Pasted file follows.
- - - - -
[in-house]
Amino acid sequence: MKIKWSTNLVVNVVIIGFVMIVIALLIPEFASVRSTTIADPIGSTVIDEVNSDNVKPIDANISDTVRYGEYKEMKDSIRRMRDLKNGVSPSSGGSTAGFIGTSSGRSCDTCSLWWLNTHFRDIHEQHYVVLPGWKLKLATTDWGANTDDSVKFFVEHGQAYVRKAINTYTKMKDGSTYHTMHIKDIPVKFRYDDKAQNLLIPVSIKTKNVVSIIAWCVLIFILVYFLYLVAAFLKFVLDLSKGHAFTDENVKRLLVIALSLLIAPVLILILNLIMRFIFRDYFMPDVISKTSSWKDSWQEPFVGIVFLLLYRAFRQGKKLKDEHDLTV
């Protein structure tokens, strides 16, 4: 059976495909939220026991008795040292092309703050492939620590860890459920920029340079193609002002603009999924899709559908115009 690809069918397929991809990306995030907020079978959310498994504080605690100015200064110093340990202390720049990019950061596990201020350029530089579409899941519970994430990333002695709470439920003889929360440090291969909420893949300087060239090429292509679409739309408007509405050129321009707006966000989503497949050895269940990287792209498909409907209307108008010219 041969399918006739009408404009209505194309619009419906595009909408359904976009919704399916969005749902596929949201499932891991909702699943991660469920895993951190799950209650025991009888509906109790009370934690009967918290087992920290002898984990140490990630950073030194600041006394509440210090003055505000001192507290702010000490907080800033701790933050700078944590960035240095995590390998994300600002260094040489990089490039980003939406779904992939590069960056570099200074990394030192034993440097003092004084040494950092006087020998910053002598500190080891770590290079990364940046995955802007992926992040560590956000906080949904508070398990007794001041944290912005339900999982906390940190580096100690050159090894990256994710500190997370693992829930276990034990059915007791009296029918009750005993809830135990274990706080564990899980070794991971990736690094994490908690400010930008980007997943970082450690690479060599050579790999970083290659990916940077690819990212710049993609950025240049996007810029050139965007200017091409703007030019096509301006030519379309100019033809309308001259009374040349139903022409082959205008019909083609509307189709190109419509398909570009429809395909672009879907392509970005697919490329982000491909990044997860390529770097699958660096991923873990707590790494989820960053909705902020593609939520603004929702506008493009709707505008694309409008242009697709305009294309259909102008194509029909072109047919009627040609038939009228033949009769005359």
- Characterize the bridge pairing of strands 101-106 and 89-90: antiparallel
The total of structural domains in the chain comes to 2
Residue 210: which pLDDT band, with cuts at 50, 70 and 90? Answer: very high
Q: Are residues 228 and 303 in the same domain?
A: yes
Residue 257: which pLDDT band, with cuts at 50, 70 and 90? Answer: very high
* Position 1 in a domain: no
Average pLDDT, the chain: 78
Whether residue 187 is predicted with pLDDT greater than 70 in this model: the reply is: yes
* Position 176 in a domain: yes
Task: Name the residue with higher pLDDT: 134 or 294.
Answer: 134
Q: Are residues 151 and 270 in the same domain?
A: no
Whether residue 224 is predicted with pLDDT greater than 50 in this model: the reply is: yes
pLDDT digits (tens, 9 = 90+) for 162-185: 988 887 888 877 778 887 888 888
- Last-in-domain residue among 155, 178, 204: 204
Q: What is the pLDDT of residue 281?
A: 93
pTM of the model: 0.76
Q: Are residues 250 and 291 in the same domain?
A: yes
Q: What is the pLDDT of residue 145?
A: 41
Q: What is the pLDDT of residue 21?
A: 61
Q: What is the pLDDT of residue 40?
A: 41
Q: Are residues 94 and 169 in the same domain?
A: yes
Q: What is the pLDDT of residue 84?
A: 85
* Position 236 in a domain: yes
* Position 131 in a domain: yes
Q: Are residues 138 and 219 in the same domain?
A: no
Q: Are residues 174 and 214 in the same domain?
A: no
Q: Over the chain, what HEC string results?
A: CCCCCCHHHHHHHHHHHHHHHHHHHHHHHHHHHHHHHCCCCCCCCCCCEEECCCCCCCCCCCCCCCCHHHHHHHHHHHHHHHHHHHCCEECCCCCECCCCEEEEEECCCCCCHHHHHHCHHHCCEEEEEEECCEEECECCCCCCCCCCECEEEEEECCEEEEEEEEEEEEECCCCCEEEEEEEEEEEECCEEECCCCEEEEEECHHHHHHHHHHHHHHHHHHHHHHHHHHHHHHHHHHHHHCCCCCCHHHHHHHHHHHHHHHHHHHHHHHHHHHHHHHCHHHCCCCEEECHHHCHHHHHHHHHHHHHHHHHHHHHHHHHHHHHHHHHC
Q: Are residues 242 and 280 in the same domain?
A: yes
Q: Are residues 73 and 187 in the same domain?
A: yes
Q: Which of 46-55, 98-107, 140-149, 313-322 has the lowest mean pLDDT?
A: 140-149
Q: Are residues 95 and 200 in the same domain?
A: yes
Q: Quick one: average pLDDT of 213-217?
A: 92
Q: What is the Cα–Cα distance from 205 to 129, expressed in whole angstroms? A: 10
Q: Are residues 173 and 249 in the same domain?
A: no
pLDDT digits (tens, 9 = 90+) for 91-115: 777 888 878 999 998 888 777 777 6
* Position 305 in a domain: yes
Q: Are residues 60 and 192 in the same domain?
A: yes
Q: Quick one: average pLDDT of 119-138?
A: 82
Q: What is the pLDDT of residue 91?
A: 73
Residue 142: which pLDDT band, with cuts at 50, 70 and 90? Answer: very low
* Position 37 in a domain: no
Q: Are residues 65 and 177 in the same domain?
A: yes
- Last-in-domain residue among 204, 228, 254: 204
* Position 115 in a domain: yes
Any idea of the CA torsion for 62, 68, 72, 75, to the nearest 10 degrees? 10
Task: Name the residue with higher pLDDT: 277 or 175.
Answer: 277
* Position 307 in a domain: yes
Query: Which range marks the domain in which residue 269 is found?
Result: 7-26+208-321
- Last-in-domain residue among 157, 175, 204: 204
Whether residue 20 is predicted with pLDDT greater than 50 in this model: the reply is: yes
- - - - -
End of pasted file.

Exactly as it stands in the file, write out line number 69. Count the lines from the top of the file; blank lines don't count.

- Last-in-domain residue among 204, 228, 254: 204